Property Rights Reduce Poverty
Granting formal property rights to the world’s poor, especially in developing countries, may be the key to reducing global poverty. Peruvian economist, Hernando de Soto, believes property rights reduce poverty by empowering the disadvantaged with valuable assets which could add up to an estimated $9.3 trillion in currently “dead capital.”

Promoting property rights is particularly important throughout Africa where more than 90 percent of land remains outside the legal system. People living in developing countries would benefit from stable, long-term property rights as they are more likely to invest time and energy into cultivating their land or exchange it with someone who would make better use of it.

Stable land ownership would also increase revenue for local governments through property taxes, but land taxes are currently non-existent in the developing world. With an increased demand for land and public investment in roads and other infrastructure, revenue from property taxes would help decentralize and empower previously impoverished residents in developing regions.

In Uganda, land constitutes 50-60 percent of asset endowment and is a valuable asset that may be the key to household wealth. As a primary vehicle for investing, cultivating and transferring between generations, secure property rights help to generate livelihoods centered on local investment. Lack of property rights disproportionately affects women in developing countries.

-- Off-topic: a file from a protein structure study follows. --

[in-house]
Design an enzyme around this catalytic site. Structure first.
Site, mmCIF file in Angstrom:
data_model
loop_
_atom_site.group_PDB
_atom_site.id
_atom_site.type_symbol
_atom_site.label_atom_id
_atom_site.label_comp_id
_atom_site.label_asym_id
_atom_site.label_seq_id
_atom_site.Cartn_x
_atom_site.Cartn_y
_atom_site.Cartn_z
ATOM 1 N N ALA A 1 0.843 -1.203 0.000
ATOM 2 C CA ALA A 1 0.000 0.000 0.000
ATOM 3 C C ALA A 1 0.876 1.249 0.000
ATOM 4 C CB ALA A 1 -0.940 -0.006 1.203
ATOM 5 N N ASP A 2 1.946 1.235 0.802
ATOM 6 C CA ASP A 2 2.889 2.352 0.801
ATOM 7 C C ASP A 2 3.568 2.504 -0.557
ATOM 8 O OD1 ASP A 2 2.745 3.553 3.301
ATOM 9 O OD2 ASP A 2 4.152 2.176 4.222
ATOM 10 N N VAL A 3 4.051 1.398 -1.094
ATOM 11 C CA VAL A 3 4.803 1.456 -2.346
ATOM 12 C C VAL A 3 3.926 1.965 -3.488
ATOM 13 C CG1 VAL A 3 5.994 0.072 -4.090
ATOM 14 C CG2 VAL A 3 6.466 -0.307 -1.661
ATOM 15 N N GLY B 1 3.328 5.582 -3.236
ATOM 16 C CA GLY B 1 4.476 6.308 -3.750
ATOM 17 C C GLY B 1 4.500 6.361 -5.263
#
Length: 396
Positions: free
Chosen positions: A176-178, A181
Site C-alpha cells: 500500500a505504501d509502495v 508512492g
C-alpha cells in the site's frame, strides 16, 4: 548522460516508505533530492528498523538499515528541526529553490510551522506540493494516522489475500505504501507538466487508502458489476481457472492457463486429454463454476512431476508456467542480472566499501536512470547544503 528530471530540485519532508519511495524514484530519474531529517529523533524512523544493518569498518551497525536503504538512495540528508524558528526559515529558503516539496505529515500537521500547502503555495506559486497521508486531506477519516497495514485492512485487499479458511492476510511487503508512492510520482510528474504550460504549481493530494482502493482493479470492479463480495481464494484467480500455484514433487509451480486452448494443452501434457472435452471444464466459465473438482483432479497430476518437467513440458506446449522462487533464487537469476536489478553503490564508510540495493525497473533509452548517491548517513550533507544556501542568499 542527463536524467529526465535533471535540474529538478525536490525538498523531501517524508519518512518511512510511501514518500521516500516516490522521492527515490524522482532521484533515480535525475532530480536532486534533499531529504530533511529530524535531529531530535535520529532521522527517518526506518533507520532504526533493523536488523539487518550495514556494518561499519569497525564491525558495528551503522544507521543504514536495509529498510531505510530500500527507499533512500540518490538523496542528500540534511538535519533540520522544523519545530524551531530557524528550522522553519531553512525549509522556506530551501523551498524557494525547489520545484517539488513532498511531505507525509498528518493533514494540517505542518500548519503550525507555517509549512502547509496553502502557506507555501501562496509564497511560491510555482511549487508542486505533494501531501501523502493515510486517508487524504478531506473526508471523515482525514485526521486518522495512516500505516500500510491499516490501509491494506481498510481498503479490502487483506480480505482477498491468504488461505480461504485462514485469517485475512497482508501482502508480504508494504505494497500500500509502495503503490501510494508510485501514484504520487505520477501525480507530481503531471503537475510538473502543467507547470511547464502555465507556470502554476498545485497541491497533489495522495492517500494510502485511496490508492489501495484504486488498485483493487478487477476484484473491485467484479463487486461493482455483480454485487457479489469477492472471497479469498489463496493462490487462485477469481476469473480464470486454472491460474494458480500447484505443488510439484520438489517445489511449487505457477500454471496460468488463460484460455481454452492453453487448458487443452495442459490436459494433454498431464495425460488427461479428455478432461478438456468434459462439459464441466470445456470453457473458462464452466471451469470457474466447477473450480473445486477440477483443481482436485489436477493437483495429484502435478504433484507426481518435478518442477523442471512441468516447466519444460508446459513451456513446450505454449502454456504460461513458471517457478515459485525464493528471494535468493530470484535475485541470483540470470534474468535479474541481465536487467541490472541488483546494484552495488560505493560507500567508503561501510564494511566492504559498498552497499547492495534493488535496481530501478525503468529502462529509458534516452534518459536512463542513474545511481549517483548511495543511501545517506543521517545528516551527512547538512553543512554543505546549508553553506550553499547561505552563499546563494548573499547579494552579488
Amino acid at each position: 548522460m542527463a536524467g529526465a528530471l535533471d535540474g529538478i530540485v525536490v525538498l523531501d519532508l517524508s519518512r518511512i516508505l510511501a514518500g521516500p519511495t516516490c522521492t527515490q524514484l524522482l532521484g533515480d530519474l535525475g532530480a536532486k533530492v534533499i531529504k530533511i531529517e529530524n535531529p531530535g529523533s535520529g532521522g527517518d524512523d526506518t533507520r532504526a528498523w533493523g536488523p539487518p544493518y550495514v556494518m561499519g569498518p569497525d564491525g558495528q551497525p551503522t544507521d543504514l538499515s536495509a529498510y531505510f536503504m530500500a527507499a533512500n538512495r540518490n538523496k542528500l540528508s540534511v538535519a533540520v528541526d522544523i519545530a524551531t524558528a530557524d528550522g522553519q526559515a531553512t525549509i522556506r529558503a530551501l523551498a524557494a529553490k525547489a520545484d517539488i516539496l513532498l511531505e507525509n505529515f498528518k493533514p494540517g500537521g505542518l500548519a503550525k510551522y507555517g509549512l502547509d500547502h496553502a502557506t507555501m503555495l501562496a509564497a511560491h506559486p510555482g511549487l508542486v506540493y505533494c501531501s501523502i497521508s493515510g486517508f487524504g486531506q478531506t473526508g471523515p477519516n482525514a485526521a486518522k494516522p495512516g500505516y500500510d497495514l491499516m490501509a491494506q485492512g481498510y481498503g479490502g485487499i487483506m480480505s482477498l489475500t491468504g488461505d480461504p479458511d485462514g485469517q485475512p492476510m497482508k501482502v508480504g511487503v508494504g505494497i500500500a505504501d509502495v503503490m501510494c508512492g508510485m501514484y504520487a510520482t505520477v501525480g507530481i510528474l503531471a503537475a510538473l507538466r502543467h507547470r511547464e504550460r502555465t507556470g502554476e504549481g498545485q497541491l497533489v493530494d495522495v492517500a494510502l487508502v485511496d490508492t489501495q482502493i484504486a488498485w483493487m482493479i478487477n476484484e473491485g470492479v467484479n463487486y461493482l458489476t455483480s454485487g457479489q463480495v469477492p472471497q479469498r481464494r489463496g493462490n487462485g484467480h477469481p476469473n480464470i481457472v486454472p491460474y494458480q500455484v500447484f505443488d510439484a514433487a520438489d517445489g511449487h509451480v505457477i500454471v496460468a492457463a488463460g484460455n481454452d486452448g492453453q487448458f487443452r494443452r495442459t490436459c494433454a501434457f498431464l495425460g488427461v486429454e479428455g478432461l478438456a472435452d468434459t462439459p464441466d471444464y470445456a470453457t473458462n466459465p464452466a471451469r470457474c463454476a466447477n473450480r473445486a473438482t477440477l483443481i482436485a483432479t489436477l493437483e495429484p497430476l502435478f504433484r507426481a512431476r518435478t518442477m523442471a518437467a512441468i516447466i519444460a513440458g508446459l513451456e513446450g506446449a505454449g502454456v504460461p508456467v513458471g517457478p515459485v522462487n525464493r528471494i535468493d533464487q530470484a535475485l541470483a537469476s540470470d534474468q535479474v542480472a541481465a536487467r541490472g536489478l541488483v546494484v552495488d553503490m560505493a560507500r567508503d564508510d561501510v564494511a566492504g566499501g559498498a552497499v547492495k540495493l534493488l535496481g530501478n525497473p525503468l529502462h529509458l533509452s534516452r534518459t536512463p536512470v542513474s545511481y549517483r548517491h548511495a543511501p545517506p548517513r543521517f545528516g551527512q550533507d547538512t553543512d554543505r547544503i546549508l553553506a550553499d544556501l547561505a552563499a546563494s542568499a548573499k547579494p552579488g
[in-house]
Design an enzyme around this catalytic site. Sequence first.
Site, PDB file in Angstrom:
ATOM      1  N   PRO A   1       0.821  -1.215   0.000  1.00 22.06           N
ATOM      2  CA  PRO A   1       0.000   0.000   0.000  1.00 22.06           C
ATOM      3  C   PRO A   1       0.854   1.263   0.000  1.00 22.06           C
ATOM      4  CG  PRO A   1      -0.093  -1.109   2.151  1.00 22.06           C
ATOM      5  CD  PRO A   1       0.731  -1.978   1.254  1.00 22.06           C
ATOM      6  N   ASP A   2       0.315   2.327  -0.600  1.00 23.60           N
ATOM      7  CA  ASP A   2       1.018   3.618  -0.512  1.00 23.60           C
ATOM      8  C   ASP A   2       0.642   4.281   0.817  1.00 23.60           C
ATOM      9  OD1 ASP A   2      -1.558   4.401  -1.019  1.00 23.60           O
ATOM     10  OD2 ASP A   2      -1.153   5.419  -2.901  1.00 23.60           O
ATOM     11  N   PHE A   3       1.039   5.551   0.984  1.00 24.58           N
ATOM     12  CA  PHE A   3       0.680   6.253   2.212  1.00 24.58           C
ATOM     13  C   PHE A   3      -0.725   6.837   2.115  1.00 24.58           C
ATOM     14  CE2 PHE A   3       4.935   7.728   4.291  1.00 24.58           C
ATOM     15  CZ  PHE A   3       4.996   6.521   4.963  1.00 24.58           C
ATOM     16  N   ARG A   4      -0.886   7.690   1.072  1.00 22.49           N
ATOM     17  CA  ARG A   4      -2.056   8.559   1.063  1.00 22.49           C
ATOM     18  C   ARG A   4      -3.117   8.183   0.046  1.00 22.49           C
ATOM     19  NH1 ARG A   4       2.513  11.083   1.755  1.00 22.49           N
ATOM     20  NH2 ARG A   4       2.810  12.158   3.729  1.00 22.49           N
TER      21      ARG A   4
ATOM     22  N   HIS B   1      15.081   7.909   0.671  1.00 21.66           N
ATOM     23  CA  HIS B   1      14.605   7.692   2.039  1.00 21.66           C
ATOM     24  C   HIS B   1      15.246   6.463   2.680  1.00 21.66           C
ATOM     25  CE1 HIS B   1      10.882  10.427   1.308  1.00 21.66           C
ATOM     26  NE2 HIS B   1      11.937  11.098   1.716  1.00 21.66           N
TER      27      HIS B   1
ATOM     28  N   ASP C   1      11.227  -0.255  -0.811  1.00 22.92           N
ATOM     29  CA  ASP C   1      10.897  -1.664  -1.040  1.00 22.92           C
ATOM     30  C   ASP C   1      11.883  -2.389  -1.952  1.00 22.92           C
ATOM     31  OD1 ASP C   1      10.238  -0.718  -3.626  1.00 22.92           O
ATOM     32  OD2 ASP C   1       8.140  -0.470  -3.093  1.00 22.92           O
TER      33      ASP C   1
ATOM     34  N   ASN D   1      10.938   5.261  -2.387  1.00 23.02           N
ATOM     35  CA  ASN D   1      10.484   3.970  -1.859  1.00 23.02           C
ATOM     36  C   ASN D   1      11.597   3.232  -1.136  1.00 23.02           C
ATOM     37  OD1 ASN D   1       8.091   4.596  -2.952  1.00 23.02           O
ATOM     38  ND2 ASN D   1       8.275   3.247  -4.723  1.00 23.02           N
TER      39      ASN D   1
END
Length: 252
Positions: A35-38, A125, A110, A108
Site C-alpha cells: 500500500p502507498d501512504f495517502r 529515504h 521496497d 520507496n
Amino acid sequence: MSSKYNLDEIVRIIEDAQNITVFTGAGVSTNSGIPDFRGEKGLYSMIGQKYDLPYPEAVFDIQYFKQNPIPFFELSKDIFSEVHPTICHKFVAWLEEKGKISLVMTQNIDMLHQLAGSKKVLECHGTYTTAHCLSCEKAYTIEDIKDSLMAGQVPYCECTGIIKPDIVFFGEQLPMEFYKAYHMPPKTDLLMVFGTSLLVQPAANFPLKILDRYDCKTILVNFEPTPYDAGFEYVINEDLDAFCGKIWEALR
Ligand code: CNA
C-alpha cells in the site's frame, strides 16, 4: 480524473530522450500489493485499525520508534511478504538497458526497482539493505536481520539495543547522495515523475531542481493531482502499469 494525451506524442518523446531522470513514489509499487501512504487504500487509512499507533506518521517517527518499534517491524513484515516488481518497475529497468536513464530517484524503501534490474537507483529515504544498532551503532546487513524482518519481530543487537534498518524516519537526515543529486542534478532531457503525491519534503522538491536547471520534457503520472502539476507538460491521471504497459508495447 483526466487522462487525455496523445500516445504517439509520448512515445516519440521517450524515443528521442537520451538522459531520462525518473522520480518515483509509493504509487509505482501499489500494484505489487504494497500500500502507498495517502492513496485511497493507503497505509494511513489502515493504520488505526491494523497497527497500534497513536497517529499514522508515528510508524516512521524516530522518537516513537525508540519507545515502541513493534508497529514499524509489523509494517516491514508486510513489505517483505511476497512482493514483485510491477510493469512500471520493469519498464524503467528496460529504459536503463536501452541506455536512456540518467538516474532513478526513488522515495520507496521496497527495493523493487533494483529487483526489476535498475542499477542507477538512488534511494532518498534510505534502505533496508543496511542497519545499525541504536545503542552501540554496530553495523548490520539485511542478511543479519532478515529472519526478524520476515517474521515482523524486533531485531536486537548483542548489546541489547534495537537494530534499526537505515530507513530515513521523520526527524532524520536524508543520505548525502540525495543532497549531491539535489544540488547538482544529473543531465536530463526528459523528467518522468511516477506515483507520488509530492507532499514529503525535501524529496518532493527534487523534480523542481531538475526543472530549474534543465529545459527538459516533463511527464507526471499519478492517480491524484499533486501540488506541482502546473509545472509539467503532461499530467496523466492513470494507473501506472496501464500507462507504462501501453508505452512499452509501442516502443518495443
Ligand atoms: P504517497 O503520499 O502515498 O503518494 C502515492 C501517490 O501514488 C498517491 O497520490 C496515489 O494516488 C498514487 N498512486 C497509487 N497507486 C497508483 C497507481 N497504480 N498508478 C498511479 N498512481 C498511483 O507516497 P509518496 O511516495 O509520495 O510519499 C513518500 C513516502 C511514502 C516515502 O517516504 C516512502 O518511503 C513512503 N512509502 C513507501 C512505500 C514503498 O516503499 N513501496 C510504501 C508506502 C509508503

Traditionally, women are disadvantaged when it comes to land access, but they also have the most to gain from secure property rights. According to the OECD, increasing property rights has been shown to positively affect spending on girls’ education.

Studies also show that promoting equitable access to education could increase GDP growth by an estimated 0.2 percent each year in developing countries. If executed correctly, providing property rights would also increase the purchasing power of the world’s poor and stimulate economic growth in developing countries.

Slate magazine critiques de Soto’s theory that property rights reduce poverty by pointing out, “titling is more useful to the elite and middle-income groups who can afford to bother with financial leverage, risk, and the real estate market.” Increasing property rights in Turkey, Mexico, South Africa and Columbia have not created a healthy housing market and “wealthy land-grubbers” may be to blame.

De Soto believes that the wealthy, who don’t realize that it’s in their best interest to allow the productive power of the poor brought into the economy, are an obstacle to realizing the full impact that property rights can have on the world’s poor. For those who have doubt, property rights reduce poverty, which bolsters economic development when the poor can contribute to the economy.

Rampant socioeconomic inequality weakens economies by increasing the burden on taxpayers to cover the costs of poverty-related illnesses, which can cost billions per year, perpetuates a cycle of low academic achievement and negatively impacts the demand for a skilled labor force.

Securing property rights in the developing world is one step in the right direction toward reducing global poverty, but educating the public on why uplifting the world’s poor is beneficial for everyone is even more crucial.

Daniela Sarabia

Photo: Flickr